Keota teachers address modifying student learning

While the students are at the library making paper plate scarecrows, just what are the teachers up to on those early out Wednesdays? Last Wednesday, October 24, the Keota Eagle attended a session of the Keota School staff development to find out. For this particular day, the topic was TLC, and more specifically, ‘learning targets.’

            TLC stands for the Teacher Leadership and Compensation System implemented statewide about three years ago. The program is designed to improve education by rewarding effective teachers with leadership opportunities and higher pay. Another goal is to attract promising new teachers by offering competitive starting salaries. The support and greater collaboration fostered by the program benefits all teachers and creates an environment for them to learn from each other.

            Superintendent, Jim Henrich opened the staff-development session with a short discussion by asking one question.

            “When you were in junior high, what did you talk about at lunch?”

            This brought some nostalgic laughter as the teachers reflected back to their young adult days and remembered the issues they found important then. Henrich remembered discussing sports with his friends, including their favorite teams and players. He used those memories of the older generation to contrast with the comments he had overheard at lunch that day while observing the cafeteria during the J-High lunches. Sharing about six comments was all it took to point out that all of them were referencing one particular video game, and the word ‘Zombie’ kept popping up as well. Henrich’s point was that students have changed, and education must change with them.

            This brought a comment from Physical Education teacher, Dan Stout, who said he sometimes takes his senior PE class for a walk around town allowing them to play Pokémon Go. The nature of the game is to be active, and in this way Stout is meeting his students halfway.

            The next part of the session was spent watching a speech by Mike Mattos, an internationally recognized author, specializing in helping schools and teachers transform their education plans. The TLC team from Keota had the opportunity to hear Mattos speak directly the day before, at the conference they attended. Angela Conrad and Shelly Greiner shared a printout from the conference that explains an approach to teaching that uses the “Learner’s Bill of Rights” as a guide.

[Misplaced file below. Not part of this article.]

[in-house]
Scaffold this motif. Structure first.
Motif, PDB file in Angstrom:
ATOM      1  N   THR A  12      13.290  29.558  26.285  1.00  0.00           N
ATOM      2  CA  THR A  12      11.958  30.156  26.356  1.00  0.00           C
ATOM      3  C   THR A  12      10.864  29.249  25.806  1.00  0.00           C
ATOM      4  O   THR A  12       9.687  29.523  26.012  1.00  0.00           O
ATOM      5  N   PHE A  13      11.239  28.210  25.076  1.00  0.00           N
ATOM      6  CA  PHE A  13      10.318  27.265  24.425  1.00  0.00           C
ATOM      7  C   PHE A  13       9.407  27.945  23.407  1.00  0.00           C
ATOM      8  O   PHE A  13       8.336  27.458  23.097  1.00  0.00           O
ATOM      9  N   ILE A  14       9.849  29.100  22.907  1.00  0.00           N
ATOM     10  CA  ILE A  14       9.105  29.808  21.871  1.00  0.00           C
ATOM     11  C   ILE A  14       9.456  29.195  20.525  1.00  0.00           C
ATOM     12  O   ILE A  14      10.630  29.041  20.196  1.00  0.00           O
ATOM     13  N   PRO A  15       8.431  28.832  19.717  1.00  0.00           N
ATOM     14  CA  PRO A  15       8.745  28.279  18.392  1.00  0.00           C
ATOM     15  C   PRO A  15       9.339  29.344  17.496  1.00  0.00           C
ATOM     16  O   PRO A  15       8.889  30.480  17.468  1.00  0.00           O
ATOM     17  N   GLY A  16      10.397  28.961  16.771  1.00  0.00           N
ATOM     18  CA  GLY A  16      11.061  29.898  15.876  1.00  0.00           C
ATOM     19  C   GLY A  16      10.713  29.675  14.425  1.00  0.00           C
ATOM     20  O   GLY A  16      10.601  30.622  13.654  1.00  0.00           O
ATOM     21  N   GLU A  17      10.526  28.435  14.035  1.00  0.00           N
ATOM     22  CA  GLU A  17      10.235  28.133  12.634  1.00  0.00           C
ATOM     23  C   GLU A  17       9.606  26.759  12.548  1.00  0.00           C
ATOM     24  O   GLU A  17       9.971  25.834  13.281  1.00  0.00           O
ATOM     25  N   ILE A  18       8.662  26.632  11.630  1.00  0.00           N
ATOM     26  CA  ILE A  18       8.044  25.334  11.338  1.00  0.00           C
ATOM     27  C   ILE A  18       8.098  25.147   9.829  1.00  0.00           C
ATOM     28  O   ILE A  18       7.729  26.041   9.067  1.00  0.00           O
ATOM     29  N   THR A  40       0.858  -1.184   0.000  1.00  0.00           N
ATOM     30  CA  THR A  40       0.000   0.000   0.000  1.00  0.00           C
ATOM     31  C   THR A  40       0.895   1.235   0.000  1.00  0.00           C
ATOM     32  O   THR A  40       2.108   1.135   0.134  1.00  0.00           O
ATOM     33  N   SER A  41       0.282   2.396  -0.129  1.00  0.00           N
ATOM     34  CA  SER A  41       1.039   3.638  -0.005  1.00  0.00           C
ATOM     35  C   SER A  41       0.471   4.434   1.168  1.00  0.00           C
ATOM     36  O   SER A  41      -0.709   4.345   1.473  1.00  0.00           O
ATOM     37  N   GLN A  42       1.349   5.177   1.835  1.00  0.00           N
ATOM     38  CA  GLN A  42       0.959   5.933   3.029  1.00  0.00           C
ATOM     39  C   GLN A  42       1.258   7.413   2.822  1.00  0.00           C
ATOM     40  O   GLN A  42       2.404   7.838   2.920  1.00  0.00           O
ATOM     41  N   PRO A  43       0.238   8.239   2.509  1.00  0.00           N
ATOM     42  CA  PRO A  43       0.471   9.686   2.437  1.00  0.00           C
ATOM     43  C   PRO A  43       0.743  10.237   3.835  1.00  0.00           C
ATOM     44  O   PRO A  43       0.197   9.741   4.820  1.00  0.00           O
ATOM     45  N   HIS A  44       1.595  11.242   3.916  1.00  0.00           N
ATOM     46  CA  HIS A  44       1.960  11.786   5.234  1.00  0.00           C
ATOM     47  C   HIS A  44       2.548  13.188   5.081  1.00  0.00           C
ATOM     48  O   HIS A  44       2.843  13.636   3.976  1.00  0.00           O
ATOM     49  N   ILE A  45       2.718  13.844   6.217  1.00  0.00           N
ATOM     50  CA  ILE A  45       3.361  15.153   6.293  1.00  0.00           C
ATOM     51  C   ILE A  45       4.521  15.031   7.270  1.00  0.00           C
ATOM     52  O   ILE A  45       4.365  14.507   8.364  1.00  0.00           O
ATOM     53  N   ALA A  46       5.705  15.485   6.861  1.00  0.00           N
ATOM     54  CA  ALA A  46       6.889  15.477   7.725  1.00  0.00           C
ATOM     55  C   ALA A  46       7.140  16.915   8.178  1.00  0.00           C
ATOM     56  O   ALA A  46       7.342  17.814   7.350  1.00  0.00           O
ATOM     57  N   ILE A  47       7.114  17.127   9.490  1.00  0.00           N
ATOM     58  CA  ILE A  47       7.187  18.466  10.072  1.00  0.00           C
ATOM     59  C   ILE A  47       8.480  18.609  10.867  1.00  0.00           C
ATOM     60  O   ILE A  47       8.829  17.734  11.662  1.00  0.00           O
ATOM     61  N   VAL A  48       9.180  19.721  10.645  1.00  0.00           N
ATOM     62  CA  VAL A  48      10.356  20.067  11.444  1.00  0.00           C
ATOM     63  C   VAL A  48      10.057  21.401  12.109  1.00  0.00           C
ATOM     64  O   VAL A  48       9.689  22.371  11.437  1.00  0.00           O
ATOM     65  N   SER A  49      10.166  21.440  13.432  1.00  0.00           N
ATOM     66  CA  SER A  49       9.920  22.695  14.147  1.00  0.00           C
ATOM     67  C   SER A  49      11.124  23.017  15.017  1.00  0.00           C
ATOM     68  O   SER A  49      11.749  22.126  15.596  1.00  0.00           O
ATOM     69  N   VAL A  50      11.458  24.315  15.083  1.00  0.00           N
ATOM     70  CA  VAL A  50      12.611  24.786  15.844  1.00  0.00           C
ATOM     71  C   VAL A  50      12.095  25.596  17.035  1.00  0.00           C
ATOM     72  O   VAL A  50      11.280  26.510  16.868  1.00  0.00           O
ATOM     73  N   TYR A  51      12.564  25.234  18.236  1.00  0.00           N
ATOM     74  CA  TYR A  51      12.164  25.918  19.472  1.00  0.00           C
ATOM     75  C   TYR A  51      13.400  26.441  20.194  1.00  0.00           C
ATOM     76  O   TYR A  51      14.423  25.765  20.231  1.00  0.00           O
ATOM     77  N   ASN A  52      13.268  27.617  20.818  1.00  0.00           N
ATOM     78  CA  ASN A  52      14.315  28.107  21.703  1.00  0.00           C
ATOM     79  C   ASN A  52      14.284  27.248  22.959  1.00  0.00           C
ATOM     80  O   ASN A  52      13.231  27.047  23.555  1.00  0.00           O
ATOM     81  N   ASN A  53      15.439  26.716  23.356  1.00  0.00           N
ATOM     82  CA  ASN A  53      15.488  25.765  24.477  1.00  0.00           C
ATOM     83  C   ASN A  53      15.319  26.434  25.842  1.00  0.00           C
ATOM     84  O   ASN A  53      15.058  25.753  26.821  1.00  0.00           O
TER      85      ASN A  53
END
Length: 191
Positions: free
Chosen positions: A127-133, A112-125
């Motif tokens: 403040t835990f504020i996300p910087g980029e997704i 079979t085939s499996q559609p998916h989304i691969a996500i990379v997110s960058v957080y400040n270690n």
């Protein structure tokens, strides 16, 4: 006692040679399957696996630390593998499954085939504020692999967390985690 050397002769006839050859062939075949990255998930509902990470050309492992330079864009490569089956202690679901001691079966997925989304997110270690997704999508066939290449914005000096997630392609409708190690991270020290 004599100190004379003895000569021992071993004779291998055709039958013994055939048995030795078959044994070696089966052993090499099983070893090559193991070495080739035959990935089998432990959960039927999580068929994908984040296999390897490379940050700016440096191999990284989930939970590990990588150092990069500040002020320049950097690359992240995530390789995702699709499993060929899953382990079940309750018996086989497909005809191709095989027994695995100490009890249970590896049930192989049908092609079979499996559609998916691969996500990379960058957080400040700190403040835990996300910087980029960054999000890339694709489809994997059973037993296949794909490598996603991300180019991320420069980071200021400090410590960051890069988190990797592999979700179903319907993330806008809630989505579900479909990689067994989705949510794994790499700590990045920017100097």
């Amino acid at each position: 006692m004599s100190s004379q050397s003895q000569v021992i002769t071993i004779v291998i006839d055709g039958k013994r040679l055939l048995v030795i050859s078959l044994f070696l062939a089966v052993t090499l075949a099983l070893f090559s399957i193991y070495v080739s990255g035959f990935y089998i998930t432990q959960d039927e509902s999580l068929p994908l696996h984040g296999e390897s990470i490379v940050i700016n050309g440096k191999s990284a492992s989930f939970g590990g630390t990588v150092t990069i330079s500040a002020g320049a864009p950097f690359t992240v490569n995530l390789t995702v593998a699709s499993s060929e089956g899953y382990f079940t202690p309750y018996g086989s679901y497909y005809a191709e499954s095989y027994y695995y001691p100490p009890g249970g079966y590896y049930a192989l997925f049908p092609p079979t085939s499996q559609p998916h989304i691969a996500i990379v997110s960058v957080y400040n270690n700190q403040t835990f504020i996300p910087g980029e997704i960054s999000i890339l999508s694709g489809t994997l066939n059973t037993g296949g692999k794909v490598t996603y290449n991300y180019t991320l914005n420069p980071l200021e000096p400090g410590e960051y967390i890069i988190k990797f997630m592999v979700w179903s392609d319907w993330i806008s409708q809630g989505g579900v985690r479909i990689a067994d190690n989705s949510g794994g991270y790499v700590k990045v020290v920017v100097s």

1. What am I learning today?
  2. Why am I learning this?
  3. How will I know that I learned it?

            Conrad commented that this approach to teaching could foster a more trusting environment with students. For Greiner, the visual that impacted her the most was when someone shared that ‘trying to teach kids without telling them what you expect as a result, is like giving them the pieces to a jigsaw puzzle without the cover.’

            Henrich shared a term he has heard Mattos use to define what happens when a student is not allowed to reach their potential. According to Mattos, this is a life sentence of poverty and the education system has committed “educational homicide.”

            In the video, Mattos helped breakdown the strategy behind a curriculum that focuses on only the core basic learning targets that all teachers in a school must agree upon and plan their lessons around, in order to be effective for a student from year to year. All districts have their terminology, “power standards,” or “guaranteed viable curriculum.” At Keota they are referred to as “learning targets.” According to Mattos the terminology is less important than the strategy.

            “I don’t care whose vocabulary you want to call it. We know this. If we want all kids to learn, then we must get insanely clear on what all kids have to learn; in this course, this grade level, this subject, to be prepared for next year, and beyond.”

            This is why cooperation between teachers at multiple levels is essential, and reinforces the concept behind Keota’s TLC program. Because it is, as Mattos said “the teachers know the needs of the kids…better than anyone else,” so a curriculum designed by them makes the most sense. Also, this curriculum must  “connect where the kids have to get in the content” with “where they’re currently coming from,” and no one knows this better than the teachers who work with these kids everyday.

 

For the rest of this story, check out the October 31st issue of The Keota Eagle.